These are the kinds of questions advocates for more liveable urban areas are asking now with greater urgency. Climate change, rising fuel costs and social connectedness are driving the move towards “15-minute cities” – although the actual number of minutes can vary depending on a city’s ambition.
Copenhagen, for instance, is aiming to be a five-minute city, while Melbourne is opting for ten. New Zealand cities are also getting on board, with Christchurch and Wellington wanting to be 15-minute cities, and Hamilton a 20-minute city.
The idea is not that you can get across an entire city in that time, rather that your own neighbourhood has everything you need within reach by foot, bike or public transport. For simplicity, we just call it the “x-minute neighbourhood”.
Our recently published research evaluates all of New Zealand’s urban areas and compares them with the largest 500 cities in the US for residents’ proximity to daily needs. So, how do they currently stack up and what are some of the key challenges?
How we measured accessibility
New Zealand’s emission reduction plan requires a 20% decrease in urban vehicle travel by 2035. This shift towards sustainable transport modes will also require changes to the form of our urban areas.
New transport strategies are beginning to reflect this. But how do cities evaluate urban change, measure the impact of proposed development, or effectively retrofit existing neighbourhoods?
By evaluating New Zealand’s 42 urban areas and the largest 500 US cities, our goal was to propose a consistent and transparent approach for reporting. We also wanted to help cities make the transition to sustainable urban design effectively and efficiently.
We developed a dashboard to show the proximity of neighbourhood blocks (the smallest geographical unit in the New Zealand census) to their nearest amenities. If you live in one of these urban areas you can check out your neighbourhood’s accessibility using our interactive guide.
The dashboard enables councils to understand accessibility (and lack of it) in their towns and the neighbourhoods within them. Our ongoing research aims to identify the locations with the best accessibility, which should help with incentives and guidance for new development.
So how do New Zealand cities rate? Wellington is the most accessible, with 61% of residents living within 15 minutes’ walk of the amenities we studied. But this pales next to New York (88%) and San Francisco (73%).
Auckland has only 43% of residents within 15 minutes of core amenities. Hamilton (with the goal of becoming a 20-minute city) scored 39%. And Christchurch (with an unofficial target of 15 minutes) also came in at 39%.
Notably, it is access to the supermarket that is most detrimental to a city’s score. Accessible grocery stores are a key part of walkable neighbourhoods, and without them we’ll never achieve transport emission goals.
It’s disappointing, then, that this important factor was overlooked in the Commerce Commission’s review of the supermarket sector. This failure to factor in climate change to industry and competition policy was underscored by the prime ministerial visit to US bulk retailer Costco on its arrival in New Zealand.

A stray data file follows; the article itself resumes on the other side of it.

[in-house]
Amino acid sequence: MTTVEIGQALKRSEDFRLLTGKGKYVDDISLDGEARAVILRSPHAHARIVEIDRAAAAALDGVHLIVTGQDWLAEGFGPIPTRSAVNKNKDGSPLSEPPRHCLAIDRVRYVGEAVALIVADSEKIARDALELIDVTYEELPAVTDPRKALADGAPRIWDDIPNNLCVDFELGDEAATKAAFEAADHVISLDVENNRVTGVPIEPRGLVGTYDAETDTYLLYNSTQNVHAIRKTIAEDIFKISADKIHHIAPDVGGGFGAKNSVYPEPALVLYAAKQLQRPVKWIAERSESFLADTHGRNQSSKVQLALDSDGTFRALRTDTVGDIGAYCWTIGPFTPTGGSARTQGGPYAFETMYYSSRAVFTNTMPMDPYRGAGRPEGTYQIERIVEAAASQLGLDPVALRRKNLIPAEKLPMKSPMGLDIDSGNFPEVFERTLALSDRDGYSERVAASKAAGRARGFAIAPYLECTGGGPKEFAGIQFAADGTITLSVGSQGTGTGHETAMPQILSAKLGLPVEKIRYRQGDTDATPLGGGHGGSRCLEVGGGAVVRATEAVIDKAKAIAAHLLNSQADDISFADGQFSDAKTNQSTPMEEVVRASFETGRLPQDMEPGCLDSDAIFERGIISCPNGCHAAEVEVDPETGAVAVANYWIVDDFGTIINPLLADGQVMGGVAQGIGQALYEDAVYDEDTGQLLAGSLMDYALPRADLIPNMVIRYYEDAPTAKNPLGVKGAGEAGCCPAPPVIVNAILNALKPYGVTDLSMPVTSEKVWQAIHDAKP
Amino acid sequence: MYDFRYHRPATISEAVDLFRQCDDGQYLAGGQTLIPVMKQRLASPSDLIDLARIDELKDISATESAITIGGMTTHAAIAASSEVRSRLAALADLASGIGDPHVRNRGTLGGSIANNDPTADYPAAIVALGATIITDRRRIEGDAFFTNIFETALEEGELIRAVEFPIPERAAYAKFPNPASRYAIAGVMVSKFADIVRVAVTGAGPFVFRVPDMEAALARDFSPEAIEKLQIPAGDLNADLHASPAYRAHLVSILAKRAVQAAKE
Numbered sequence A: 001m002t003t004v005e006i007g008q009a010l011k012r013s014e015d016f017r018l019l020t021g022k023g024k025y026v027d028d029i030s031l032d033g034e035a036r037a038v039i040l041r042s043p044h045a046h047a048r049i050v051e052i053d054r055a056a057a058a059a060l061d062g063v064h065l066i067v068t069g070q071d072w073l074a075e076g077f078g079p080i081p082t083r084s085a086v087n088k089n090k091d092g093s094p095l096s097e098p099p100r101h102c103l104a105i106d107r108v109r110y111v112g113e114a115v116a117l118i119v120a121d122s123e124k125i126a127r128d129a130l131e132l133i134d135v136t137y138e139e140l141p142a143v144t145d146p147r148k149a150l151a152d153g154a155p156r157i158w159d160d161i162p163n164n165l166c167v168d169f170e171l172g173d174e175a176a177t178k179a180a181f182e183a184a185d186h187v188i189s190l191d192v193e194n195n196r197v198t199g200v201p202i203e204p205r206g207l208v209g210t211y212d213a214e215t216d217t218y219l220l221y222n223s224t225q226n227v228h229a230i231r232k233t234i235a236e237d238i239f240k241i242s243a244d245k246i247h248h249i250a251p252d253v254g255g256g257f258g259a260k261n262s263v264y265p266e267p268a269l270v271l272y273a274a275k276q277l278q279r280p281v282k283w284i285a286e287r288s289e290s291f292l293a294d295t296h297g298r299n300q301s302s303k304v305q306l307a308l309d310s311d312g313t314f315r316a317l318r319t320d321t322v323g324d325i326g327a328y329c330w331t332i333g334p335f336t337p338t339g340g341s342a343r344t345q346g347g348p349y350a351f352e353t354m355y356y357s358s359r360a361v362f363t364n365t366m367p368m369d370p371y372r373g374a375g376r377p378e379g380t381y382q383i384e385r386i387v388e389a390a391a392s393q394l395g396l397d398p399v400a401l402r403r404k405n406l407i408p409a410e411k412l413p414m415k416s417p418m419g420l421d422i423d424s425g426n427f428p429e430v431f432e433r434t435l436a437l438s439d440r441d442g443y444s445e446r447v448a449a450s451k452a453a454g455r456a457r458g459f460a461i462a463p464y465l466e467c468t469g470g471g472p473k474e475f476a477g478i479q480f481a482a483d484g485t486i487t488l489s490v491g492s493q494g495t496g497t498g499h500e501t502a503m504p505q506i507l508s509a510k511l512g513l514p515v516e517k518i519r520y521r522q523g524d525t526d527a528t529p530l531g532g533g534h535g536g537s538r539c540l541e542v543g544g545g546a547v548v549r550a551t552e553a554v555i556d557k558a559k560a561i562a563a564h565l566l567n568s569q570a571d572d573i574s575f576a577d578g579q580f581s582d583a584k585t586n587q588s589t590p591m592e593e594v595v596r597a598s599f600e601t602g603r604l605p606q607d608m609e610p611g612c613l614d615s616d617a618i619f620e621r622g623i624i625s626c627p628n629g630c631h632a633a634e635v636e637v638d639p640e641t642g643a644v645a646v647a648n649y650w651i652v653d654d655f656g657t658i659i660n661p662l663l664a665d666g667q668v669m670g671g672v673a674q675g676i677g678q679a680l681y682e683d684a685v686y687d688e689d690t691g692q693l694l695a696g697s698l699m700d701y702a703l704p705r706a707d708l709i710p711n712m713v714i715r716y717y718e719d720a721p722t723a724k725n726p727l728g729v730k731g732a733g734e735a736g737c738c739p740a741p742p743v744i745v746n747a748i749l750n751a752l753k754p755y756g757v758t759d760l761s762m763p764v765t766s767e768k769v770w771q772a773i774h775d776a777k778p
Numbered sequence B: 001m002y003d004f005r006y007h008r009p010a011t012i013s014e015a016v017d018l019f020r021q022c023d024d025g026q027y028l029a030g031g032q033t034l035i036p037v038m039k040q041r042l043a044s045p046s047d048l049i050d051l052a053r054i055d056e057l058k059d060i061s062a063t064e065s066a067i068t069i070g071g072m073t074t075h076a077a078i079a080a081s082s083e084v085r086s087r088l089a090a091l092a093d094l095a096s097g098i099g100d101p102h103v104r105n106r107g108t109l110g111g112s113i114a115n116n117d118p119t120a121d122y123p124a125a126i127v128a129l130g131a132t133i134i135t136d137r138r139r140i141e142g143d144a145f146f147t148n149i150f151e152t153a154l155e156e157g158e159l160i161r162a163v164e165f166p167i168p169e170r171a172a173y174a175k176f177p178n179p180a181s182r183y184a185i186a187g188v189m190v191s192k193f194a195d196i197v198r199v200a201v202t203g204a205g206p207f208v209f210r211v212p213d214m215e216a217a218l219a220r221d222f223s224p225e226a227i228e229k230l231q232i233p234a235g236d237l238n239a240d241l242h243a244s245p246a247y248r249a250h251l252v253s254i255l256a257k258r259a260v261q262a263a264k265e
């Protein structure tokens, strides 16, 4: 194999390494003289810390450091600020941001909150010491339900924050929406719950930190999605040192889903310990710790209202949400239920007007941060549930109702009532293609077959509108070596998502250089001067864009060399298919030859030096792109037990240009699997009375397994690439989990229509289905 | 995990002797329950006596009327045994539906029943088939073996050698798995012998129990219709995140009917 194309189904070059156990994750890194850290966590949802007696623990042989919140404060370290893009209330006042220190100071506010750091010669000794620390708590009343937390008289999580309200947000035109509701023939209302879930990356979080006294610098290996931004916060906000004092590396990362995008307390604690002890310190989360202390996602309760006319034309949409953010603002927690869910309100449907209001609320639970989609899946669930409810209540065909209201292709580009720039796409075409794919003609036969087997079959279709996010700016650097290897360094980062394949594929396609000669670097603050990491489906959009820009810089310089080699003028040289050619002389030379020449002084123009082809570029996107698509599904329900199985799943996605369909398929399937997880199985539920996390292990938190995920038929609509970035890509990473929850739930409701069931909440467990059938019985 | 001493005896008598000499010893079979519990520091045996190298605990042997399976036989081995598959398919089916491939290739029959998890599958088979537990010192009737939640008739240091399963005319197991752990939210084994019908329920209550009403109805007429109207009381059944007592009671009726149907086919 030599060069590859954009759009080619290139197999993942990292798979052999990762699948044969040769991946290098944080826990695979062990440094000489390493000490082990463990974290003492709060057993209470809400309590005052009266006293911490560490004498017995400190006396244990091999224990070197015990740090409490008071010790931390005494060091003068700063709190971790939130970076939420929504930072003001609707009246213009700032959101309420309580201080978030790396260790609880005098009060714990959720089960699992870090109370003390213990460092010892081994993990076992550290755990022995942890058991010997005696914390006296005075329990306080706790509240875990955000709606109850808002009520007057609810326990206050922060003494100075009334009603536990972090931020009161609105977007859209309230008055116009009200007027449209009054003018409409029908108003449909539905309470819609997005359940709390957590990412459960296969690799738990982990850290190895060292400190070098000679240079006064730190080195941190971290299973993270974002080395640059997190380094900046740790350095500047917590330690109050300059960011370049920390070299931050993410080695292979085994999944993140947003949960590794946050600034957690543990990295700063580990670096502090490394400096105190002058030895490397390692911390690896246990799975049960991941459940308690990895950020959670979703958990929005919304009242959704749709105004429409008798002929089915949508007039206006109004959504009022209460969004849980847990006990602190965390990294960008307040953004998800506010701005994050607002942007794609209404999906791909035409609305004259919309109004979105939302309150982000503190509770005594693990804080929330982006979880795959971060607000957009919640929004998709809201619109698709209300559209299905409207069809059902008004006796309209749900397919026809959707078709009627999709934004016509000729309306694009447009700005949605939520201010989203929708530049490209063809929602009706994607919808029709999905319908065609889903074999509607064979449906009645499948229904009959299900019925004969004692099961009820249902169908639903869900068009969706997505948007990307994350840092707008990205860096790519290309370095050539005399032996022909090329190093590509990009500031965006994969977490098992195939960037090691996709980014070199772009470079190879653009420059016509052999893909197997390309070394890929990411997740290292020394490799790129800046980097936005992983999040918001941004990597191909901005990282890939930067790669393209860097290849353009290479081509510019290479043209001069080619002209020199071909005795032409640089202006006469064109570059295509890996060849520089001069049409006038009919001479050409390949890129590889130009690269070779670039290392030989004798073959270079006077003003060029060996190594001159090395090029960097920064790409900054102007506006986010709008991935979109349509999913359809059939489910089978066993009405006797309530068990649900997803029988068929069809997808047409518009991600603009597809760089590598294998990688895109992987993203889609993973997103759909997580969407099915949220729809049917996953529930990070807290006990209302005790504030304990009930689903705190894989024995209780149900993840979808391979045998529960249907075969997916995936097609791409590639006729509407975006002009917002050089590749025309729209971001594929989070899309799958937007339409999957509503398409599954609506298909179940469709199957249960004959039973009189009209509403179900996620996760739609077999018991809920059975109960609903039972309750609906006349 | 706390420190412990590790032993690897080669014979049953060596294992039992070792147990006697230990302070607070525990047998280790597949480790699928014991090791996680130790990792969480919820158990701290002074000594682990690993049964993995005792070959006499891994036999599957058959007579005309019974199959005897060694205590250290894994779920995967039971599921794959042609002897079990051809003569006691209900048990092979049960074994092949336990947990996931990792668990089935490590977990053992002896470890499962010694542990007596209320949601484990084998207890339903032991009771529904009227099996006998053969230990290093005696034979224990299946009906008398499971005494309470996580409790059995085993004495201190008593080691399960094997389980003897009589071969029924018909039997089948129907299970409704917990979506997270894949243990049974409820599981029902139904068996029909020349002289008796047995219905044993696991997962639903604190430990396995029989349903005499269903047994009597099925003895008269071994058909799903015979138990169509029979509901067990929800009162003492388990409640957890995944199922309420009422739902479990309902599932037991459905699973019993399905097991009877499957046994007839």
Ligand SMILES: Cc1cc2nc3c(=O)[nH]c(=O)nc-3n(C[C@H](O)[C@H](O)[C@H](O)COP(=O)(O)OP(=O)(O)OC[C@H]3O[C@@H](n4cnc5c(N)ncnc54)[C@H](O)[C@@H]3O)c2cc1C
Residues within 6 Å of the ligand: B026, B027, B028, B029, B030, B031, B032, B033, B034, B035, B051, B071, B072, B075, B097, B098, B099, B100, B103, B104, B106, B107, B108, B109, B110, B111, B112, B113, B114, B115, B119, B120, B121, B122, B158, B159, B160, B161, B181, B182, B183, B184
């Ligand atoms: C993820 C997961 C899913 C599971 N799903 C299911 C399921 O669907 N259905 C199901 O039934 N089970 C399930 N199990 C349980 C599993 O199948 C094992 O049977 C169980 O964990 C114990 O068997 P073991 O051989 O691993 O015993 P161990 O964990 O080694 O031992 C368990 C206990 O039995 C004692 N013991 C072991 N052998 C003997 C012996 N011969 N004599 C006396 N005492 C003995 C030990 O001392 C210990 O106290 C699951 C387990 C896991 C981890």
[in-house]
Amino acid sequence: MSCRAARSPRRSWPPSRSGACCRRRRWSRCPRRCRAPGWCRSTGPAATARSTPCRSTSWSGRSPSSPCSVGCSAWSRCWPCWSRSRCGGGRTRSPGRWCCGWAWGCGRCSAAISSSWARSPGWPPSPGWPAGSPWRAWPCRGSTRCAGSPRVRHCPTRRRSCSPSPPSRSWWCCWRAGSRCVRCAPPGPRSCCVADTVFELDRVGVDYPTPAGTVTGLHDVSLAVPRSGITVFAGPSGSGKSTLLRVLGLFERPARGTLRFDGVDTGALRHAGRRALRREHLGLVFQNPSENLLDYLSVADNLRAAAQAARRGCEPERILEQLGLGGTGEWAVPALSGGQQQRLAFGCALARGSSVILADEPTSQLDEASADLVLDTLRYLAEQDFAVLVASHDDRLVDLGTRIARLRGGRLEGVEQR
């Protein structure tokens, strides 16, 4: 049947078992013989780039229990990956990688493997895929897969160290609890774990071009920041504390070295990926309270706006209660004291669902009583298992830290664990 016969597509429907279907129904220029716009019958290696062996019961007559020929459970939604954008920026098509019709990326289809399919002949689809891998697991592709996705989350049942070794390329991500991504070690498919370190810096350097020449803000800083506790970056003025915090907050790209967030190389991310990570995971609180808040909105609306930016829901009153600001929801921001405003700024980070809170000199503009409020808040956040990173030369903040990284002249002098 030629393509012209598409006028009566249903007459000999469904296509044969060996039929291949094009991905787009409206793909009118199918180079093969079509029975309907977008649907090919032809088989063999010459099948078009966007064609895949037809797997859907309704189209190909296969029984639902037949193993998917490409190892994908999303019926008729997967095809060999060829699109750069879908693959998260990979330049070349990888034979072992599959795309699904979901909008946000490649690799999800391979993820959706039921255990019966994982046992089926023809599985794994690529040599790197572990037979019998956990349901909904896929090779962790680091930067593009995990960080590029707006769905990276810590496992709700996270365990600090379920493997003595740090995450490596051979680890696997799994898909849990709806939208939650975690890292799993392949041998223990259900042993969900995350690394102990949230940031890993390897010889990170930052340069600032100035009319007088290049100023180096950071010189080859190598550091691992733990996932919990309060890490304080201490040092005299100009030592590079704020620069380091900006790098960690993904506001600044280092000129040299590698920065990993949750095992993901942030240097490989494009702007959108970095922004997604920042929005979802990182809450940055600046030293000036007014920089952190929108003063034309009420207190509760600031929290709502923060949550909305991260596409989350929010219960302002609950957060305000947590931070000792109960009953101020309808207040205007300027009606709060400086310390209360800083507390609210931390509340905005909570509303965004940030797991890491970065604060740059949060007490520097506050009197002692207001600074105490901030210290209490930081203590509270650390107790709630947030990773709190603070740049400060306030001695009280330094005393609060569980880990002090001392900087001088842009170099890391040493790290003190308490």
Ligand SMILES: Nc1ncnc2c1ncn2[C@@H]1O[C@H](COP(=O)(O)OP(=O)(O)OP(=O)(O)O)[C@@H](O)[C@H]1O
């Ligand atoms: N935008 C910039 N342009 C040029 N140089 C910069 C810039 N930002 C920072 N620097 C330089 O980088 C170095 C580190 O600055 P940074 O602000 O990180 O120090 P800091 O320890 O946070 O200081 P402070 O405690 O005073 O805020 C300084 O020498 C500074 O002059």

This type of car-dependent development is the antithesis of walkable, sustainable neighbourhoods, and of the government’s emissions reduction plan.
The benefits of accessible neighbourhoods
The primary motivation for better urban design is to encourage active transport modes and reduce reliance on cars. But the benefits far exceed transport emissions alone.
Increased social cohesion is one co-benefit. In Paris, they call this form of urbanism “neighbourhoods of proximities” because they’re increasing proximity between people and places, but also between people themselves. This improves social connection and has mental health benefits.
Public health is another benefit. Studies have shown Barcelona’s approach (which also prioritises active transportation through urban design) has avoided around 700 premature deaths a year due to reductions in air pollution, noise and heat, and increases in physical activity.
There are also huge benefits for young, older and lower income families who become less reliant on cars. There are flow-on benefits in the form of economic vibrancy and urban safety, too.
Getting out of our cars
Finally, we also need to ask whether 20-minute and 15-minute neighbourhoods can achieve the benefits they seek. In reality, how likely are people to walk 20 minutes carrying groceries? Studies from overseas suggest much shorter distances between homes and amenities might be needed.
This will vary depending on the person, their age and fitness. But it will also depend on the amenities themselves. We might be happy to bike or walk further to school, for example, than we would be to walk home from the grocery store.
So while the concept of the 15-minute or 20-minute city might be useful to communicate a broad vision and bring people together, it shouldn’t be taken too literally.
The greater aim should be to improve accessibility as much as possible to reduce our dependence on cars and reclaim our neighbourhoods for people. This will benefit our health, sustainability and communities.
Lecturer of Civil Systems Engineering, University of Canterbury